That was totally us for the past two years, but the day has finally come… we no longer have any student loan debt!! #hallelujah
Pushing the submit button on that final payment was one of the most thrilling moments of my adult life thus far. A little over a year ago, my husband and I sat down and put a plan together to get out of student loan debt and pay off my car as soon as possible. He had worked super hard to pay off all of his undergrad debt before we even got married and somehow I convinced him to marry me even though I would be entering into it with over $30,000 in student loan debt from graduate school. What a guy 🙂
By no means are we perfect with our finances or have everything figured out, but I know many people our age and even older are still dealing with student loans and a few of the things we’ve done or used I tell people about all the time anyways, so I figured I’d just write it down in hopes that maybe it will help others.
So here we go, my top 5 tips for getting out of debt:
#1: Set a budget and stick to it.
My absolute favorite thing we ever did after we got married last summer was set up our budget. I highly recommend using some type of app or website to keep track of everything. We’ve been using Mint and absolutely love it! I tell everyone about how much I love it all the time! It puts all of your accounts in one place so you can see your checking accounts, savings accounts, your student loan account, car loan accounts, credit cards, house loan, as well as your house and car values, plus your credit score all on one website. It’s easy to customize the categories you want to include and see how you’re doing with the color coded tracking. Based on what you put in for your income every month and your expenses, it will subtract that and tell you how much you should be saving each month. This was the key for the rest of my tips.
#2: Write your goals down.
Once we knew how much we ideally should be saving each month, we set out to create our goals. For us, the easiest way to do this was to create a spreadsheet. We put each loan in its own column and then listed the months down the rows. The first row started with the current amount remaining on that loan and then using that ideal savings amount and the next two steps, we planned out how quickly we thought we could pay off each loan. This gave us a general timeline to go off of to help us stay on track. Of course, certain months something would come up like a trip or needing new tires that weren’t necessarily in our budget that would throw things off a bit, but it at least helps to have a guide to reaching your goals.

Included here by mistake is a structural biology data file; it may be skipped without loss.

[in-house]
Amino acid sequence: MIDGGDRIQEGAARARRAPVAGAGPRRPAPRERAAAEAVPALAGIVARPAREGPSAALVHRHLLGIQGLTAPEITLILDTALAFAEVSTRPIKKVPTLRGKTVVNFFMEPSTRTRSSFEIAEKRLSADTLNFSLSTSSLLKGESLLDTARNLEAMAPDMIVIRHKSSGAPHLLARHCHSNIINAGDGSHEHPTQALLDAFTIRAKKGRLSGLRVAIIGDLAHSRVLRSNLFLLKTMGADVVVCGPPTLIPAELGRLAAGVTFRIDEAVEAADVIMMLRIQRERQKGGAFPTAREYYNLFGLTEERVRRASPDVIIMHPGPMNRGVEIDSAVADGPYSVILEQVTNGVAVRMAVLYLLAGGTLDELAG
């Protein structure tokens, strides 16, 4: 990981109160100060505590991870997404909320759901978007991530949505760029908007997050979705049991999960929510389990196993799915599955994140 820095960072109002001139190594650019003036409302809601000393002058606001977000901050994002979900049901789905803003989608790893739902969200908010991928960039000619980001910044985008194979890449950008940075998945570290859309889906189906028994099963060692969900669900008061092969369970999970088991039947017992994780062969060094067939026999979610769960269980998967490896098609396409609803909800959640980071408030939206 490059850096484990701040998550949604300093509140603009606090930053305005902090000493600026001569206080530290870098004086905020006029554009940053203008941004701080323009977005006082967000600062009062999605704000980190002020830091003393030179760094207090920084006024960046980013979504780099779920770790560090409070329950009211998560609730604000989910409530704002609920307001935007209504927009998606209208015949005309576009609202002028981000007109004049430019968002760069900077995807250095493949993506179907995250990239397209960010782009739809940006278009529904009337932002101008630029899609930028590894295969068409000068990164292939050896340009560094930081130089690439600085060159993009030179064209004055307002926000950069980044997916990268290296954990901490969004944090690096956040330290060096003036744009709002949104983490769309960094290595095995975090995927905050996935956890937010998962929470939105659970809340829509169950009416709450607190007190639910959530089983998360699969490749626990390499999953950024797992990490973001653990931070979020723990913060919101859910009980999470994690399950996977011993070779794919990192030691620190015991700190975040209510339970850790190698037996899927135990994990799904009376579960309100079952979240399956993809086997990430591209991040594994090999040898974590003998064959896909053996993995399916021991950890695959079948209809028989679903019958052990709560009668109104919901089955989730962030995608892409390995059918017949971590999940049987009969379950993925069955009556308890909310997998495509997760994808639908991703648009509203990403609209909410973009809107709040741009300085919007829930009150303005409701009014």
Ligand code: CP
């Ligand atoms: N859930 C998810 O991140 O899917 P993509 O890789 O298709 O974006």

#3: Start with your highest interest rate loan.
Once our spreadsheet was created, we looked at the interest rates for each loan and started putting extra towards the highest one. For us, my student loans were actually three separate loans with one being like 6.15% interest and the other two being around 5.5%, along with my car loan. So, each loan would have some money going towards it each month just from its regular payment, but then at the end of each month, we’d always keep a certain amount in our checking account and any extra in the account would go straight to that highest interest rate loan (ideally that difference in the income -budget amount I mentioned in step 1), plus any additional income that month. Yearly bonus – student loans. Tax return – student loans. Extra paycheck – student loans. Were there more fun things we would’ve liked to do with that money, absolutely, but we had a goal and we stuck to it.
#4: Keep snowballing.
Once that highest interest rate loan is paid off, roll that payment into the next highest interest rate loan. Dave Ramsey talks a lot about the idea of snowballing and it really does work. It’s easy to fall into the temptation to say “oh look, we now have $200 extra to spend on something way more fun”, but rolling it in to the next one just keeps the momentum you’ve started and will get you to your goals even faster. If you find yourself getting frustrated, sometimes it’s okay to pay off a lower interest rate loan first that’s a smaller amount to keep you feeling like you’re making progress. For instance, after we paid off my high interest rate student loan, the other three were all pretty similar in interest rates, so we knocked off the $1,500 dollar one next mostly to just get it out of there. Snowballing debt is the quickest way to pay things off and it’s worth it in the long run.
#5: Find what motivates you.
My final tip is to find what part of this whole thing motivates you. Do you want more disposable income each month for traveling? Are you saving up to buy a house? Being able to travel before we have children was a large motivator for me, but honestly the biggest motivator was seeing how much we were paying in interest. I got a little bit neurotic with our spreadsheet and started looking at my student loan account each day for a bit to see how much interest was accruing each day. When we first started, it was probably over $4.50 per day – no joke. There are so many things I would rather spend that money on each day and even if that doesn’t seem like much, that’s $135 a month or $1,620 a year that is literally just being thrown away. Had we kept just paying the minimums until like 2025, I don’t even want to know how much we would’ve paid in interest over that amount of time.
So there you have it, my top 5 tips for getting out of debt. Again, we’re not perfect and everyone’s finances are different, but I hope at least something I shared was helpful. If you have other ideas of things that have worked for you or questions, please share in the comments! I love chatting about this type of stuff with people!